The round-up of the stories that a budding Student Lawyer should be aware of this week. Sign up here to get these updates in your inbox every week.
Legal action against the Garrick Club
Reported by Ellena Mottram
Businesswoman Emily Bendell has launched legal action against the Garrick arguing that its rules
relating to membership are a breach of equality legislation.
After discovering that the club still implemented its men-only policy, following her membership denial in March, Ms Bendell contacted lawyers to issue a discrimination claim. A pre-action letter was sent to the club arguing that the club’s refusal to admit woman was a breach of the 2010 Equality Act.
Whilst the equality act does allow the existence of single-sex organisations, for example men only sports clubs, it does not allow discrimination by businesses which provide services to customers.
Under s29 of the Equality Act such an organisation is required not to discriminate against a person requiring or seeking to use its services. It is therefore argued that because the club runs a restaurant and guest rooms, it is discriminatory to now allow women to use them in the same way as men. Solicitors for Ms Bendell argue that the Garrick is ‘holding on to value that are outdated and quite simply not legal in this day and age.”
Under the membership rules, women cannot become members at the Garrick. Male members are however allowed to bring female guests into the club but they are not allowed to pay for themselves when they do attend. Lawyers for Ms Bendell argue that ‘women are only able to access the club’s services as second class citizens on the whim of a man who has to both invite and pay for them.”
The decision to take legal action was fuelled by her attendance at business and investment events where there was an under-representation of woman. Ms Bendell stated ‘If this was a tiny little club with four members in the back of beyond, then that would be one thing, but this is a club in the middle of London with QCs and MPS are members – these are people who are running the county.”
Ms Bendall argues that women not being allow to join the networks of these individuals is detrimental to women’s cause. The club has many notable members including Sir Trevor McDoanld, Damian Lewis, Michael Gove and many QCs and Judges. Lady Hale has previously expressed her anger at the clubs continued exclusion of woman, and the involvement of the judiciary in the club. Lady Hale said ‘I regard it as quite shocking that so many of my colleagues belong to the Garrick’ arguing that judges ‘should be committed to the principle of equality for all.”
The Harrick club was founded in 1831. In 2015 a vote was held as to whether to include woman. Whilst 50.5% of members voted in favor of introducing female membership, the club rules require a two thirds majority before change can be introduced. Ms Bendell is seeking an injunction to prevent the Garrick from continuing with its policy and has requested a response from the club within 28 days.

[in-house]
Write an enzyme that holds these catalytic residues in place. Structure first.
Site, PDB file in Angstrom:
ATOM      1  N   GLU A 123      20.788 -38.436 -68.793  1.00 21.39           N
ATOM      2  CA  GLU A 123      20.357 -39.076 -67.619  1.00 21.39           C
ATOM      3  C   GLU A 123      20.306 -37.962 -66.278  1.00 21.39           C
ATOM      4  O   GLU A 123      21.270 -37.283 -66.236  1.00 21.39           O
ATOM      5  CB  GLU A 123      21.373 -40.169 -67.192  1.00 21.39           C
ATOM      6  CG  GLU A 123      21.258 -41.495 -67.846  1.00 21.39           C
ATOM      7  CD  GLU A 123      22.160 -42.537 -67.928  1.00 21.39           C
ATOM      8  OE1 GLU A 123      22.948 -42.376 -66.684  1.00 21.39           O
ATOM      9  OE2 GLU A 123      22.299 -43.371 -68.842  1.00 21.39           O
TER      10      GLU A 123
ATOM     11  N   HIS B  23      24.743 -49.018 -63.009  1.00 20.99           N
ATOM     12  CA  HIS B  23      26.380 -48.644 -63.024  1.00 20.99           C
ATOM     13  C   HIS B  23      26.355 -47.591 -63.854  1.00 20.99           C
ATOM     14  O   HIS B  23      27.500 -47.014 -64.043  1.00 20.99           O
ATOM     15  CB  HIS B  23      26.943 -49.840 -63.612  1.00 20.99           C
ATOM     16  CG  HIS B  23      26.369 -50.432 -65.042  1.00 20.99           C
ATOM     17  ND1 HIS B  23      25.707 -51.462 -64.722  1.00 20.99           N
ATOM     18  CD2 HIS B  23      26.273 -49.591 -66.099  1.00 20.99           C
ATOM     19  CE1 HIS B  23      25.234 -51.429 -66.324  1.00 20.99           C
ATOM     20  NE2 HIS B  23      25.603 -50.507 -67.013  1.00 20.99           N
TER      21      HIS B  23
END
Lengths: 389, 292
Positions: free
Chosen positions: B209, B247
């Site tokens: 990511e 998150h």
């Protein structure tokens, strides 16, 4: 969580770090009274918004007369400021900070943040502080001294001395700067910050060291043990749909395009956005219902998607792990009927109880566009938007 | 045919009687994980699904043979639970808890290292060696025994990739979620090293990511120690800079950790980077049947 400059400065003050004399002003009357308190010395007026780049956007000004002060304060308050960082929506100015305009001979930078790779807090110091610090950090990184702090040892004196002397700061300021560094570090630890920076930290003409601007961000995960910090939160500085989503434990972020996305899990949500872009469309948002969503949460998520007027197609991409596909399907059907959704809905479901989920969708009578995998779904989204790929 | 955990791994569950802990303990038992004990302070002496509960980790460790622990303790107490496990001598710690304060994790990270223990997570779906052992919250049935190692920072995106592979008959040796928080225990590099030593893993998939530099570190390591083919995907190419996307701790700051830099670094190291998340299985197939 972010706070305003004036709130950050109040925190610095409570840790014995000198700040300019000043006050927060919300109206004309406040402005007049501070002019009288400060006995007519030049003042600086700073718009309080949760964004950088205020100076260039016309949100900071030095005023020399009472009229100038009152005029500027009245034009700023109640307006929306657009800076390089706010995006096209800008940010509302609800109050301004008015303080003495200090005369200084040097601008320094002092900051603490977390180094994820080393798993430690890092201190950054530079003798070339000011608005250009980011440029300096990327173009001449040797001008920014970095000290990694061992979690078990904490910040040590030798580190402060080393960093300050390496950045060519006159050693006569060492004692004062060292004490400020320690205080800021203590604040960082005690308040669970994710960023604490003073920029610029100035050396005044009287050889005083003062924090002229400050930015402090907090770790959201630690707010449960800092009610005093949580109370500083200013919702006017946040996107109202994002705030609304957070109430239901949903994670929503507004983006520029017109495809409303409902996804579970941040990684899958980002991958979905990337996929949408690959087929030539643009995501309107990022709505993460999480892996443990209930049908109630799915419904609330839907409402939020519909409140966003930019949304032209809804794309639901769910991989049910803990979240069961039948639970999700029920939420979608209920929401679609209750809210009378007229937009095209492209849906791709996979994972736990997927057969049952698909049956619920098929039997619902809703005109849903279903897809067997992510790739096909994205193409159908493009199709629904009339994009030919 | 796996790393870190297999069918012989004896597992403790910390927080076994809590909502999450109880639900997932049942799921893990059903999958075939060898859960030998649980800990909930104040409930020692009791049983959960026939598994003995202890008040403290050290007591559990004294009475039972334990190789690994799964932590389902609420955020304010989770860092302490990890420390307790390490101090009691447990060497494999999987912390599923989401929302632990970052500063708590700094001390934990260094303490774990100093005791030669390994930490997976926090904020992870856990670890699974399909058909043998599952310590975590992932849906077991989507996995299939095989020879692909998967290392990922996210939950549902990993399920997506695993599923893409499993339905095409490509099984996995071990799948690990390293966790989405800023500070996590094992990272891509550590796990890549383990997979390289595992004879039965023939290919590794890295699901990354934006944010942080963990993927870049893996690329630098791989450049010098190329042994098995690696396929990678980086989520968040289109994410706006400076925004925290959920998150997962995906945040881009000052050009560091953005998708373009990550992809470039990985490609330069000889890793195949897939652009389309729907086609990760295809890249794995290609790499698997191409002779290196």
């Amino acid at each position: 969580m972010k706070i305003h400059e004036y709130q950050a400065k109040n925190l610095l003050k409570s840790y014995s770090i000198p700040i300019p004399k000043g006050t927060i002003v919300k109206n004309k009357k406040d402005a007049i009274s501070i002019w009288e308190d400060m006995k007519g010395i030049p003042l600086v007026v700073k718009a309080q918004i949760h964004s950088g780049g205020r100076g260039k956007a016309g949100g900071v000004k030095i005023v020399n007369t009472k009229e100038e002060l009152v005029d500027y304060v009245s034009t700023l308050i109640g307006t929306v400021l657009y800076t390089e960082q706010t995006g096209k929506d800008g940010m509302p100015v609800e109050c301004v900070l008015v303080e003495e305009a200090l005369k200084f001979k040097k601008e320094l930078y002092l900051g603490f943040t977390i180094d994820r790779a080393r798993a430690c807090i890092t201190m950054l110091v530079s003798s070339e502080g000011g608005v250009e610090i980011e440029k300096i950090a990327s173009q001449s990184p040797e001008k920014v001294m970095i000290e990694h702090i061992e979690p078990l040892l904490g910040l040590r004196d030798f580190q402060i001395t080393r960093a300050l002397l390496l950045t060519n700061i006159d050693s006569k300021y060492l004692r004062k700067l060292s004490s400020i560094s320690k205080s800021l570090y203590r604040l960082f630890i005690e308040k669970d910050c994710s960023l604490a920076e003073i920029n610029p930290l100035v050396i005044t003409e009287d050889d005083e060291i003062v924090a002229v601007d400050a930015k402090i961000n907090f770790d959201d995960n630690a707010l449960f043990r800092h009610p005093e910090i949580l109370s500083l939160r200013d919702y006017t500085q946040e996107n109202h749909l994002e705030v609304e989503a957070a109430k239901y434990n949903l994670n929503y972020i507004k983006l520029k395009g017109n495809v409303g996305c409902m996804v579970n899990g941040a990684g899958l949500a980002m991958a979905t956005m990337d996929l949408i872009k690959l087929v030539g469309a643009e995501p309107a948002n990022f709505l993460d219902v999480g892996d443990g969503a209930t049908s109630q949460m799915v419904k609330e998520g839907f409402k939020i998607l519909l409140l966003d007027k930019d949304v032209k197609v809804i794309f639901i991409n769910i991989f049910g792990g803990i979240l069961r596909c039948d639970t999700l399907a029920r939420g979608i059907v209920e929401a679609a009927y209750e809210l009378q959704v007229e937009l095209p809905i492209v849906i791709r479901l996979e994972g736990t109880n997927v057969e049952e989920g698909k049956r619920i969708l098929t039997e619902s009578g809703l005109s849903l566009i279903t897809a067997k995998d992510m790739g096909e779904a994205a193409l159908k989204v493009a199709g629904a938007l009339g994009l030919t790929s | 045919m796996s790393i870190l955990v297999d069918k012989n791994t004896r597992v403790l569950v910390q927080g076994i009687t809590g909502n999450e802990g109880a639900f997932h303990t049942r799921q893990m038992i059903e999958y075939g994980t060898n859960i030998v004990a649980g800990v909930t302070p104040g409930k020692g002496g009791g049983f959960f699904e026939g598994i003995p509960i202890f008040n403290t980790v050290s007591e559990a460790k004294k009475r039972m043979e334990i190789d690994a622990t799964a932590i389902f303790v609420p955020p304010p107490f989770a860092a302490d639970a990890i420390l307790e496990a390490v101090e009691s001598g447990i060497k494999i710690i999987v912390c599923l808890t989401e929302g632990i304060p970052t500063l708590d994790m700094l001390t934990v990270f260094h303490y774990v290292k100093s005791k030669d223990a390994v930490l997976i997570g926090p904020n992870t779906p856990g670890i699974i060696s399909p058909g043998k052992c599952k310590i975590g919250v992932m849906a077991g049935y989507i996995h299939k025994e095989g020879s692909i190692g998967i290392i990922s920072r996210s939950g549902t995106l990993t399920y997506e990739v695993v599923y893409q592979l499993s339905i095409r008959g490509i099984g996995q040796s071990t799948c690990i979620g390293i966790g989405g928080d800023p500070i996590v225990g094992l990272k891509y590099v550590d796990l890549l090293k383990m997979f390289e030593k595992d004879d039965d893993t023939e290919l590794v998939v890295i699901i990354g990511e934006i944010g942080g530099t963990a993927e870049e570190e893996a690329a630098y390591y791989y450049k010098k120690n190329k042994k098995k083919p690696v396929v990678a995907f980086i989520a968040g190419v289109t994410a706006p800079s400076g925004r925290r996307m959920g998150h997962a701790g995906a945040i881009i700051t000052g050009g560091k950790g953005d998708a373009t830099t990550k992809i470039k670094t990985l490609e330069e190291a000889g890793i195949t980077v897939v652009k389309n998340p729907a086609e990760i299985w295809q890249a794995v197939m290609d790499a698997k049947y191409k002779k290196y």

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Potential changes to sentencing laws could see 18 year olds given whole life sentences for murder
Reported by Jasmine Cracknell
Under proposed changes to sentencing laws, 18 year olds could be given whole life sentences for serious murder crimes. The proposals will be set out in a White Paper by Justice Secretary Robert Buckland next week.
Under the Criminal Justice Act 2003, only those who are 21 or over can be given whole life sentences for murder, but the Government hopes to lower the age to 18. A whole life sentence means the offender will be in prison for the rest of their life without ever becoming eligible for parole. This differs from a regular life sentence, where the prisoner serves a certain number of years, usually 15-20 years, before they are eligible for parole. Whole life sentences are therefore only used for the most dangerous crimes, such as terrorism.
The reforms come after Hashem Abedi, an accomplice in the Manchester Arena Bombing attack of 2017, could not be given a whole life sentence as he was under 21 when the attack took place. He was instead given a life sentence of at least 55 years. The court heard he was ‘just as guilty’ as his brother, Salman Abedi and said he would have been given a whole life sentence if it was not for the fact he was under the age of 21.
The proposals would also create new powers to prevent those who have been radicalized whilst in prison, but who are serving non-terror related offenses, from being released automatically after a certain time. Instead, offenders would be referred to the parole board who would consider whether it is safe to release them.
Alongside this, the proposals contain plans for judges to take age and the seriousness of a crime more into account when sentencing young people who commit murder. For 15-17 year olds, the Justice Secretary will propose the minimum sentence is changed from 12 years to two thirds of the starting point for adults. This means that for the most serious crimes (where the starting sentence for adults would be a minimum of 30 years), 15-17 year olds could expect to face a minimum of 20 years imprisonment. For those aged 10-14, the minimum sentence would be half the adult equivalent, meaning they could serve between 8 and 15 years at least.